Postnatal Sertoli cell maturation is characterized by a pronounced rise in androgen receptor (AR) expression, which increases several fold between birth and adulthood. Since both 3,3',5-triiodothyronine (T3) and FSH regulate Sertoli cell proliferation and differentiation, we have determined the effects of T3 and FSH on AR mRNA expression in cultured Sertoli cells from 5-day-old rats. These cultures contain 5-9% peritubular cells, which also express AR mRNA. To insure that the observed T3 responses did not result from peritubular cells, we examined T3 effects on AR mRNA expression in cultured 20-day-old Sertoli cells (which contain minimal peritubular contamination) and peritubular cells, and measured thyroid hormone receptor (TR) mRNA expression in both of these cell types. Sertoli cells from 5- and 20-day-old rat testes were grown in serum-free medium alone (controls) or with ovine FSH (100 ng/ml) and/or T3 (100 nM) for 4 days. Peritubular cells purified from 20-day-old rat testes were grown in serum-containing medium for 8 days. These cells were split l:4, and grown an additional 8 days, the last 4 days in serum-free medium with or without T3. TR and AR mRNA levels in all cultures were determined by Northern blotting. AR mRNA levels in 5- and 20- day-old cultured Sertoli cells were significantly (P<0.05) increased by both T3 and FSH alone. Furthermore, AR mRNA levels in Sertoli cells treated with T3 and FSH were greater than with either alone. TR mRNA expression was detected in cultured peritubular cells, but TR mRNA levels in these cells were only approximately 30% of that seen in 20-day-old cultured Sertoli cells. In contrast to Sertoli cells, T3 did not affect peritubular AR mRNA expression. These results indicate that T3 is an important regulator of the postnatal Sertoli cell AR mRNA increase. The additive effects of maximally stimulatory doses of FSH and T3 suggest these hormones work through different mechanisms to increase AR mRNA. TR mRNA expression in peritubular cells indicates these cells may be direct T3 targets, though the function of T3 in these cells is unknown.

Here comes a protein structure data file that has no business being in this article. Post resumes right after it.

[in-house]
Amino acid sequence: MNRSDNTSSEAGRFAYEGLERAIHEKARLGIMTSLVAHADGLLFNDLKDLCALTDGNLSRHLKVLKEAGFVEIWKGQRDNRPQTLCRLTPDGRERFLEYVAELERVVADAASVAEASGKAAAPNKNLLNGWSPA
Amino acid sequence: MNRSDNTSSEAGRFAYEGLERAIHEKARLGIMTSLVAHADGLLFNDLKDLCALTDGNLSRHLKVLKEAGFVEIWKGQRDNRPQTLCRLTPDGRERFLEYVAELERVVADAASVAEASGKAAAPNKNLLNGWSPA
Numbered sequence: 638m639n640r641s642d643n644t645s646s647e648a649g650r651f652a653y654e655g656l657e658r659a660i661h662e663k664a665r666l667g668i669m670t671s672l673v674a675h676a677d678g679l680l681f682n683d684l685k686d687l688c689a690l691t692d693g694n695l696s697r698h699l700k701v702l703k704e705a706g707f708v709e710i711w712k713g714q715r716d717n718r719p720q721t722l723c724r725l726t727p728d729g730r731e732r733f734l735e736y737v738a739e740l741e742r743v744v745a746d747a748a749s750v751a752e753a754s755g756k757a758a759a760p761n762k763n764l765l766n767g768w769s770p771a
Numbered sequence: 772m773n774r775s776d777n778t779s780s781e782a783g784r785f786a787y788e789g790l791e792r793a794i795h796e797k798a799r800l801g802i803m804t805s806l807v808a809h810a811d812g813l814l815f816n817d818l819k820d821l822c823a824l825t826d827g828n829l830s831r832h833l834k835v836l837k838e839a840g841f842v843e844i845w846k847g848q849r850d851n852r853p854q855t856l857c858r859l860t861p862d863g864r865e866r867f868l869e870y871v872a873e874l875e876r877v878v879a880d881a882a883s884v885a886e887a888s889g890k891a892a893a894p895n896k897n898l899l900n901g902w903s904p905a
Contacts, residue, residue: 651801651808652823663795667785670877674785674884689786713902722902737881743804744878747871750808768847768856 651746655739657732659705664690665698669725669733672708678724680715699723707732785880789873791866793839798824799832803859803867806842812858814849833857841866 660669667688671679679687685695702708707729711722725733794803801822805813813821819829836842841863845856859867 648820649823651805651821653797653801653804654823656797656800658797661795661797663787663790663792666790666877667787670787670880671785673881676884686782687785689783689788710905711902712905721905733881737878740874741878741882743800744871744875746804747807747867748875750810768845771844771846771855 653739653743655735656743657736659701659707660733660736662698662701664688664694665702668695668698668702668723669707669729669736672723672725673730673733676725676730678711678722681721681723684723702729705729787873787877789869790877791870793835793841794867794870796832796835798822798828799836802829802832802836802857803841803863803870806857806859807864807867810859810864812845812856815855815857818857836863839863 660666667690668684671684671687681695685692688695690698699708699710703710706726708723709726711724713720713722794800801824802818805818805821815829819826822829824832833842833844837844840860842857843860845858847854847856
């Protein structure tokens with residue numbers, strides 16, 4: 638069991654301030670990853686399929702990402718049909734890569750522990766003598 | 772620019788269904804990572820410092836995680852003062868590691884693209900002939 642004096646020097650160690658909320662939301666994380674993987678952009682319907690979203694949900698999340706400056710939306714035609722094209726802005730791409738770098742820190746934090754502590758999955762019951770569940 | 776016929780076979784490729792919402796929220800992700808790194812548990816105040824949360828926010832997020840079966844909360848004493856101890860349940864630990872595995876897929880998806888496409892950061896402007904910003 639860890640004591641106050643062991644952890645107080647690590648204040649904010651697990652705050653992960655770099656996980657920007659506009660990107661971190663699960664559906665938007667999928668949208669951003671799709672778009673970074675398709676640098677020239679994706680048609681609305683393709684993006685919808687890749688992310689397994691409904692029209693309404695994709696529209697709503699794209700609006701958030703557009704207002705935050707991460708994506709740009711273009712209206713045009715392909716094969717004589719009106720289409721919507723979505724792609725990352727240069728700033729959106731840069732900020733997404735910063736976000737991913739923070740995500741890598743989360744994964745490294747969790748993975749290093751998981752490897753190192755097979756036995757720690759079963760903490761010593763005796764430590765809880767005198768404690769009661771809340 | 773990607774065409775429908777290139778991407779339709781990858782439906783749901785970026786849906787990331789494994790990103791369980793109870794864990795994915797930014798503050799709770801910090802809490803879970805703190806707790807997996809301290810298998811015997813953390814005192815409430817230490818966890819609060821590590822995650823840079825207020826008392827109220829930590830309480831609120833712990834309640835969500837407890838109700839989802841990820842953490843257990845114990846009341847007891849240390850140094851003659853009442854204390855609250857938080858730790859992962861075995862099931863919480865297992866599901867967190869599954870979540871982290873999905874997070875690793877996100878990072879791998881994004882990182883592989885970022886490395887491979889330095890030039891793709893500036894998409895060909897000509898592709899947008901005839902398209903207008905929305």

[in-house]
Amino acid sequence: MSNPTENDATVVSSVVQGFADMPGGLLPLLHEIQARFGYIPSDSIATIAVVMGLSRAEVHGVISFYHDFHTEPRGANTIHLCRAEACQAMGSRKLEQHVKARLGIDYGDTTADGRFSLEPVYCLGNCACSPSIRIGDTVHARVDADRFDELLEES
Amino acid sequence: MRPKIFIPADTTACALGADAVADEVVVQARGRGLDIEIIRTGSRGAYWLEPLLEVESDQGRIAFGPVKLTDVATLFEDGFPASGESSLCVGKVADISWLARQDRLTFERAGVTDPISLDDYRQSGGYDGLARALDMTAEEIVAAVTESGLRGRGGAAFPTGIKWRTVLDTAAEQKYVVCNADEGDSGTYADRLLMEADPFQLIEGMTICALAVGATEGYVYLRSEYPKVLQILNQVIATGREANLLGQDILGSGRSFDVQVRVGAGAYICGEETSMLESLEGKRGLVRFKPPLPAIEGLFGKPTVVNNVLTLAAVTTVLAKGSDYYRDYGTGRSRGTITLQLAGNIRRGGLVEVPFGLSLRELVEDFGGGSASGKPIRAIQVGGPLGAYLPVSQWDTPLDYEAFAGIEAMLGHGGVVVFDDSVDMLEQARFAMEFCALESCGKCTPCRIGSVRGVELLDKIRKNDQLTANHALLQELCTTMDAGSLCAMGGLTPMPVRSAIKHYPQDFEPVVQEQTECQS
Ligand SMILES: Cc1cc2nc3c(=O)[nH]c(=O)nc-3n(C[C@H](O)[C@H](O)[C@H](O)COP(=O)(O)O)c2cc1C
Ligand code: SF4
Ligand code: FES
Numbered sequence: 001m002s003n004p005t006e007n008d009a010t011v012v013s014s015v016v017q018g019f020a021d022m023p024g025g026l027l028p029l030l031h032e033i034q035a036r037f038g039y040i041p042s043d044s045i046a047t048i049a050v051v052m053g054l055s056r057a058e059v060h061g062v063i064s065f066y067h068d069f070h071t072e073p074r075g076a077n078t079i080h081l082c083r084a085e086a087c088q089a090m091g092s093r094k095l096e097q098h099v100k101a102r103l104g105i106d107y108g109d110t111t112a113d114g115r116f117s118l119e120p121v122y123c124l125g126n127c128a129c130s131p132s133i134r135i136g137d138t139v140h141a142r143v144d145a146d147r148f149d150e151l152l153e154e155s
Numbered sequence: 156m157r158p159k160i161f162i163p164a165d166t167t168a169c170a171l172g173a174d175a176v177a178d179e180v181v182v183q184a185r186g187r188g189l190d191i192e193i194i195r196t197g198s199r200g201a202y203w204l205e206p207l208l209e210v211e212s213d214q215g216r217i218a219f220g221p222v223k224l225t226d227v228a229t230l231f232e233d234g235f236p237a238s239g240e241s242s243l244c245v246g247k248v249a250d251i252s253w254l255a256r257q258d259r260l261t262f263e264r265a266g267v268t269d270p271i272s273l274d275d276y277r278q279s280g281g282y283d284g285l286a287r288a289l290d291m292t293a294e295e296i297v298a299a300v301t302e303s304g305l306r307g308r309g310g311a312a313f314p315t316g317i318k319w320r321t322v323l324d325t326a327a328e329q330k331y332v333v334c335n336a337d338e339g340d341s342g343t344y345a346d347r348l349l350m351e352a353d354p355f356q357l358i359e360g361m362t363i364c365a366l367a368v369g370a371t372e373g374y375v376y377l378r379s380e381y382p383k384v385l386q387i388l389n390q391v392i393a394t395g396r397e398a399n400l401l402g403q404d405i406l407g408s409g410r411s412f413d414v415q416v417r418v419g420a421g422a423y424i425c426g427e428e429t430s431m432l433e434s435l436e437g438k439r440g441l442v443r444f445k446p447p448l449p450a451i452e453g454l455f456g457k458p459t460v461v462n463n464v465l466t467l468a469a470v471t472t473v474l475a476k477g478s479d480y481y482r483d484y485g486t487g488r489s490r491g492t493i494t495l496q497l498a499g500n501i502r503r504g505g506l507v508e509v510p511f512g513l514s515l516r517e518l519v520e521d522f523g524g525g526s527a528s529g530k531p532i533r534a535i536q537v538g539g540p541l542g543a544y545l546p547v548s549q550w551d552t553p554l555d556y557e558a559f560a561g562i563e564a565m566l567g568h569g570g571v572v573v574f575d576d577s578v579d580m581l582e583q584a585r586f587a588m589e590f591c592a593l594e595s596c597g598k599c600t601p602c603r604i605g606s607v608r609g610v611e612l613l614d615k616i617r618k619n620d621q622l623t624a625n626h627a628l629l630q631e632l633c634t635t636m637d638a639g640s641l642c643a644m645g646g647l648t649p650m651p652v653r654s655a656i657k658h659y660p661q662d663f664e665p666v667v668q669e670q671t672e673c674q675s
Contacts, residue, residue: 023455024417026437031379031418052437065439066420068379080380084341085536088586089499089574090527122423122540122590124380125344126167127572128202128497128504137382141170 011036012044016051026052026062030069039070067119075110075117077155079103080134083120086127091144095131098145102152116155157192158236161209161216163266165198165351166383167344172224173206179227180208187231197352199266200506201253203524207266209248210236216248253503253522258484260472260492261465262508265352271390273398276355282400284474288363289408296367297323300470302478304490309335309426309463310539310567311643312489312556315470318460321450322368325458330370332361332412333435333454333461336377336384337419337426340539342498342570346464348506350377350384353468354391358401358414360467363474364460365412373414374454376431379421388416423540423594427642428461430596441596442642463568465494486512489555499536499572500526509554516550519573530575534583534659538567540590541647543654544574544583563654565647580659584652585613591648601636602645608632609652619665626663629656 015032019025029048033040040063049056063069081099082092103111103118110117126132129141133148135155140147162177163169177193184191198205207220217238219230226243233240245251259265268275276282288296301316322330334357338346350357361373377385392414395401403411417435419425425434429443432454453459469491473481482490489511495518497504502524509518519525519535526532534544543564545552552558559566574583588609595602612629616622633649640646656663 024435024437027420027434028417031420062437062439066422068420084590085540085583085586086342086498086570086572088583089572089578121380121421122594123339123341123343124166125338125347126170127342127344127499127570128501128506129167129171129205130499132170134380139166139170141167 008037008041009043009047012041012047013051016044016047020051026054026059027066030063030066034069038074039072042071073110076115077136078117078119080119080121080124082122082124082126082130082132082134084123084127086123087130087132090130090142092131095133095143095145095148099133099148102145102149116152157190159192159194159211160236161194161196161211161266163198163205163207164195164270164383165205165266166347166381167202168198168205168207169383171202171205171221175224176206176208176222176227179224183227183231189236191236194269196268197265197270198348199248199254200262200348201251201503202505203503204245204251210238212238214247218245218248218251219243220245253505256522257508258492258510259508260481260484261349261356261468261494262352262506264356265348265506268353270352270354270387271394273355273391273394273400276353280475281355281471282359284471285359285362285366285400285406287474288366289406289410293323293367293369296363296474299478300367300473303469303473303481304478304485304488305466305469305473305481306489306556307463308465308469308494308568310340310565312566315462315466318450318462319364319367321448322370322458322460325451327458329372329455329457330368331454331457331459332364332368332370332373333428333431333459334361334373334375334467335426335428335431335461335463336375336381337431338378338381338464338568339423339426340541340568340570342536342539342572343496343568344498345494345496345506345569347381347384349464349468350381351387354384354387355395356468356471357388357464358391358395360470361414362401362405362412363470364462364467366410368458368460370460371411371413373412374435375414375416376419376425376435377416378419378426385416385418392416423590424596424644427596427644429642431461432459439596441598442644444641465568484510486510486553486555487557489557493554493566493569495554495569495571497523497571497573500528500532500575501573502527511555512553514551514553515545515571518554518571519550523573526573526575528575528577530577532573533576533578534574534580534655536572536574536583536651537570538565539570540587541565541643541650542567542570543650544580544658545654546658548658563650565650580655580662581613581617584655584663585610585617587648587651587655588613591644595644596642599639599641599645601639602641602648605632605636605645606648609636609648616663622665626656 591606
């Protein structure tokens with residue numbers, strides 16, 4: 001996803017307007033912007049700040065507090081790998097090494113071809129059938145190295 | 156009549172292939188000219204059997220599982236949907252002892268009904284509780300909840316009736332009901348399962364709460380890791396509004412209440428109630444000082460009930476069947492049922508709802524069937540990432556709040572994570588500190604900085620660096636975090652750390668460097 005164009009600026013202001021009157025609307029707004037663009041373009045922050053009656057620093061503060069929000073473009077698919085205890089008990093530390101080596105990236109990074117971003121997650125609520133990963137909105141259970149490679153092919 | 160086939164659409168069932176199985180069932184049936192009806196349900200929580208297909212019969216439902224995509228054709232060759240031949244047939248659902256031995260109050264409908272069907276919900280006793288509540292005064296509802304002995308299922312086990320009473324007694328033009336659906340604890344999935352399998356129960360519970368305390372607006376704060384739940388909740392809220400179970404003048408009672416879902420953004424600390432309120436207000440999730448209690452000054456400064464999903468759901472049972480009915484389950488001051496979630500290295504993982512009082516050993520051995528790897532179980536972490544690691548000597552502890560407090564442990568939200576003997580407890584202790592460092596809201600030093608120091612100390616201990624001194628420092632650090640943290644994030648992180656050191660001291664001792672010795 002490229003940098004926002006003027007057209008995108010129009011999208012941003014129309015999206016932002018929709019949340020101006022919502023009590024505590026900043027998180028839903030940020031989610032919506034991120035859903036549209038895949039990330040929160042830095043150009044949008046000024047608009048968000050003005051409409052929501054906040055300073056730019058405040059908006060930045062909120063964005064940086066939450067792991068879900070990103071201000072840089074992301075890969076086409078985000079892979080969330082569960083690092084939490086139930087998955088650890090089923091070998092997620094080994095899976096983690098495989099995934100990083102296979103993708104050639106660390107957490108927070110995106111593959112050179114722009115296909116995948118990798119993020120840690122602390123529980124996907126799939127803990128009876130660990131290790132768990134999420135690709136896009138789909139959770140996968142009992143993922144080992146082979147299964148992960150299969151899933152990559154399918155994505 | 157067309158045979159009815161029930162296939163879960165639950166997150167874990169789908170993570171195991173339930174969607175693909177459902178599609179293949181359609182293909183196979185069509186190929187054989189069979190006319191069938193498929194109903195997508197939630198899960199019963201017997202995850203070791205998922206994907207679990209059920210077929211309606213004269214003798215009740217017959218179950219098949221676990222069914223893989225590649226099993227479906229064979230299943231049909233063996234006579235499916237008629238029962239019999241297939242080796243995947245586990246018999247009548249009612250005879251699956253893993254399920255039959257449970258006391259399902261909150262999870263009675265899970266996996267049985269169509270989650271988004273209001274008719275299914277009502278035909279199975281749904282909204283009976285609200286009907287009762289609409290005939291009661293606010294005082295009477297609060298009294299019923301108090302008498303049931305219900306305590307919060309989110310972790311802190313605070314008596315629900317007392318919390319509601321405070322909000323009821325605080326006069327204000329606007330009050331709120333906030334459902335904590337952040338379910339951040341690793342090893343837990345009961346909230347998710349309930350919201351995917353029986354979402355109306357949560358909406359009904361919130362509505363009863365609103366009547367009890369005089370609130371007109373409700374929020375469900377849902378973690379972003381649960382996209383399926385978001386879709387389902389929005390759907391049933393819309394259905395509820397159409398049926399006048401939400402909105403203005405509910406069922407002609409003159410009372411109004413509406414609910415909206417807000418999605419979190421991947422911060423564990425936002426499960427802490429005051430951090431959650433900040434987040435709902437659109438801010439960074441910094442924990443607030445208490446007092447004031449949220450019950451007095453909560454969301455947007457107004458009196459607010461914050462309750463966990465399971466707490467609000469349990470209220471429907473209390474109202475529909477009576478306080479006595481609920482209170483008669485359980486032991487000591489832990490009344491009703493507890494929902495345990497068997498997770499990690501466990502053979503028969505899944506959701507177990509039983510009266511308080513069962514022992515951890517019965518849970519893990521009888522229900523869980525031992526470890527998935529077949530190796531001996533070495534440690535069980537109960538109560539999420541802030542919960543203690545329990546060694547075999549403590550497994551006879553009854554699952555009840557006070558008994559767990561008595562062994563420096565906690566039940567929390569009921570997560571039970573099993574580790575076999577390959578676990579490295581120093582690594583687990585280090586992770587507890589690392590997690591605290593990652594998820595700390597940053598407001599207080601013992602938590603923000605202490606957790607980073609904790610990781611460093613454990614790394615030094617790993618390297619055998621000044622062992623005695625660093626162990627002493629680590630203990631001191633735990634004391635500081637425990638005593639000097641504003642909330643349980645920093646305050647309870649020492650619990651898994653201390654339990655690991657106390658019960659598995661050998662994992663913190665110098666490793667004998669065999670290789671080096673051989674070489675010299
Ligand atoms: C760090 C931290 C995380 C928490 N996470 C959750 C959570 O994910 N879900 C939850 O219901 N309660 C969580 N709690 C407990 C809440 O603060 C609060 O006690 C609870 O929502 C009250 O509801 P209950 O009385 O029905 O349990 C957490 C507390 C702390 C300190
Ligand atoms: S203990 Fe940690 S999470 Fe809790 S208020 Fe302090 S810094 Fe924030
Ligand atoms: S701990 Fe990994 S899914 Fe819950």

ASJC Scopus subject areas
- Endocrinology, Diabetes and Metabolism